The fact that every time you pick up your vehicle from the garage, they always somehow manage to leave it dirtier than when you arrive - with some sort of "surprise" stain or smudge.
But if they'll wash my car inside-and-out? Well, that solves the problem then, doesn't it.
Here's How This Relates To Your Pest Control Business
Now, the reason why I bring up this example, is to get you thinking about what marketing psychologist Dr. Glenn Livingston calls "price of entry" benefits vs. "point of difference" benefits in our industry - and how you should incorporate both types of benefits in your marketing.
Let me explain...
People Buy Because of "Point of Difference" Benefits
What is a "point of difference" benefit, exactly?
A "point of difference" benefit is something people will actually pay money for because you've distinguished yourself from your competitors. It's in contrast with a "price of entry" benefit which is something every competitor in the marketplace must have to even be considered in the running.
In the pest control industry, price of entry benefit examples would include things like the fact that you accept credit cards - or the fact that you show up on time.
A "point of difference" benefit on the other hand, would be something like: Being the only pest control company in your local area with a bed bug detecting dog, and therefore being able to determine whether a property has bed bugs in 1/3 the time for 1/3 the cost.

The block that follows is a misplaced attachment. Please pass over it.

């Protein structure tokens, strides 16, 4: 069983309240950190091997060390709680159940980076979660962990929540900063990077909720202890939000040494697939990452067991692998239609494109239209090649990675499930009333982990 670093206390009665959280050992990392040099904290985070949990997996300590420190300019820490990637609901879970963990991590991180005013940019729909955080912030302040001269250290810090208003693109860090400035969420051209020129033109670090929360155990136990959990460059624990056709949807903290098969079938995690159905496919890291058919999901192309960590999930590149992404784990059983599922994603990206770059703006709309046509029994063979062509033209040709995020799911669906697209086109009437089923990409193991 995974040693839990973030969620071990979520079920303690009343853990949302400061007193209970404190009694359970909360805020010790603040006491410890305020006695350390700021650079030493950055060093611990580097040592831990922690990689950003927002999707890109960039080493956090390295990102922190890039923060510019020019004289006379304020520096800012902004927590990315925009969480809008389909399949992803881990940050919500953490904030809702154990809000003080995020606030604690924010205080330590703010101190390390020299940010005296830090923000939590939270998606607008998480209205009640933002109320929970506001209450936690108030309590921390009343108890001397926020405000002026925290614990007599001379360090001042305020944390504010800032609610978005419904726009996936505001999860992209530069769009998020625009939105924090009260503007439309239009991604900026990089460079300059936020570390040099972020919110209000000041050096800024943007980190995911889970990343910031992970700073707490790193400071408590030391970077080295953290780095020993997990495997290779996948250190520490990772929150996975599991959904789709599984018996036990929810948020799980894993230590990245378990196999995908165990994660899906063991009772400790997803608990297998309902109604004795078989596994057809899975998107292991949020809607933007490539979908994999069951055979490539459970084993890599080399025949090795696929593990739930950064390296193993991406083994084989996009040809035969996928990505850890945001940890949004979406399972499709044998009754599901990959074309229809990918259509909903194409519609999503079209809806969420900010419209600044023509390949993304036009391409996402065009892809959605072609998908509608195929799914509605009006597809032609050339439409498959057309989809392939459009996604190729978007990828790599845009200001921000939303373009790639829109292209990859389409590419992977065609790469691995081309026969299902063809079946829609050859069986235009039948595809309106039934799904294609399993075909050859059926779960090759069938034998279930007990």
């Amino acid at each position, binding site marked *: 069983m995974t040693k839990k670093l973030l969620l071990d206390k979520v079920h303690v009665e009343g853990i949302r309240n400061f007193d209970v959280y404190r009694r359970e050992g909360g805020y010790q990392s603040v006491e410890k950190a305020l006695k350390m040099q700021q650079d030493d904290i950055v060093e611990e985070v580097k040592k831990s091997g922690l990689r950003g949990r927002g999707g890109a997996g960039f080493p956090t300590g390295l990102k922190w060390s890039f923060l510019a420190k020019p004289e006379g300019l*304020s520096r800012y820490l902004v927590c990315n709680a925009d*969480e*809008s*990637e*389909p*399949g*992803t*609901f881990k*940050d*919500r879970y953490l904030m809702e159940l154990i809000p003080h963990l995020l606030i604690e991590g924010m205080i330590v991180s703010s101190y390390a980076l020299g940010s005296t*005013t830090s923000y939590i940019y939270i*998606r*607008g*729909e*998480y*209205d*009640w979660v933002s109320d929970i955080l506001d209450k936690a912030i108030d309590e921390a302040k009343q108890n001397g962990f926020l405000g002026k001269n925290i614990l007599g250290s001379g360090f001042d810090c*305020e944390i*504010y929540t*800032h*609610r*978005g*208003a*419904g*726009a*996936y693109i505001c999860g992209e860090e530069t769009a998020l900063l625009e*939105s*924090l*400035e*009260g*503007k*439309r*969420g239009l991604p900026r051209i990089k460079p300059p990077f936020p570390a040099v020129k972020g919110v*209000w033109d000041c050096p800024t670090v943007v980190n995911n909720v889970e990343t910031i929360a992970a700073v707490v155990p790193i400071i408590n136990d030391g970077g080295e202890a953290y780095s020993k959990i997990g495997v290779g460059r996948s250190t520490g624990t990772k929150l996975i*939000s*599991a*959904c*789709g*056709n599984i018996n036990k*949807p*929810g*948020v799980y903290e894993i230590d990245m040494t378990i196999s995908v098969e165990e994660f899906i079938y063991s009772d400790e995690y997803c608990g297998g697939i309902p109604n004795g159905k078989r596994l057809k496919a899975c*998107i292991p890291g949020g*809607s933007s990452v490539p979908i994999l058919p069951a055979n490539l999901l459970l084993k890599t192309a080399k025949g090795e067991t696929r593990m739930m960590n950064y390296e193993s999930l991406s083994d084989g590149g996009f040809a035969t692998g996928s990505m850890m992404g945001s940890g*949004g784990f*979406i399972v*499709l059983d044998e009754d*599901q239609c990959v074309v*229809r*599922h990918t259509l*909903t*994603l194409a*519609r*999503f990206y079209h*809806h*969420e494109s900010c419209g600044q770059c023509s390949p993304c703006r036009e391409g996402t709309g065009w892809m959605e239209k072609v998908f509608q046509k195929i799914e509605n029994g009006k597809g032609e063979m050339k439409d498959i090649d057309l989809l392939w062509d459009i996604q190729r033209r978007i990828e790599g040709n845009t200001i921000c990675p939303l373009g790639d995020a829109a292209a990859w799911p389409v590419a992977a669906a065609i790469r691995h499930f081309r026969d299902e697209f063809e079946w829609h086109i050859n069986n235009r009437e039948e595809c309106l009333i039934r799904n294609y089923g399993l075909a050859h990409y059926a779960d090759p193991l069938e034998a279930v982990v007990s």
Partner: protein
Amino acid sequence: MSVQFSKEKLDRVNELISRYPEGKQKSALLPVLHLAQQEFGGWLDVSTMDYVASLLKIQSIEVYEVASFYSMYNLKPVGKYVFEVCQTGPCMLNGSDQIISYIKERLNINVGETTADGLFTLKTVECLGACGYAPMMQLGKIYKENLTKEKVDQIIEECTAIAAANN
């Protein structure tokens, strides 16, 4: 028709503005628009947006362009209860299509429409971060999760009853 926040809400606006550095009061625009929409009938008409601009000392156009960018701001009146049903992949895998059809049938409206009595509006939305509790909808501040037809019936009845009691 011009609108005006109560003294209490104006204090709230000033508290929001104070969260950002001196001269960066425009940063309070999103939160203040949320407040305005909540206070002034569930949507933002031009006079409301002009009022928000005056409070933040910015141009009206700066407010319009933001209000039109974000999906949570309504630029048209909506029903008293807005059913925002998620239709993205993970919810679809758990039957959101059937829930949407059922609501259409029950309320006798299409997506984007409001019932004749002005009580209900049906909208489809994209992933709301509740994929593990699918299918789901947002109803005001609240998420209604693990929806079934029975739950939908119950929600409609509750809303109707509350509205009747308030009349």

See the difference?
The first puts you in the running, whereas the second is what puts you ahead of the competition. While the customer certainly wants someone who accepts credit card and shows up on time, they make a decision to go with you over the competition, because of your point of difference benefit.
Also, notice how an actual benefit to the consumer is tied back to the differentiating statement:
The fact that you're the only pest control company in the area with a bed bug detecting dog is nothing more than an interesting trivia fact until you connect that fact to a benefit to the consumer:
Detection in 1/3 the time for 1/3 the cost.
Big Marketing Mistake: Leading with "Price of Entry" Benefits
One of the biggest mistakes I see pest control operators make in their marketing - whether in Yellow Page ads, direct mail, or online on their website - is leading with "price of entry benefits" - and failing to provide any sort of "point of difference" benefit in their marketing.
For example, I can't tell you how many pest control companies I've seen lead their marketing with some variation of:
- Been in business since 1983
- Accept Visa, MC, Discover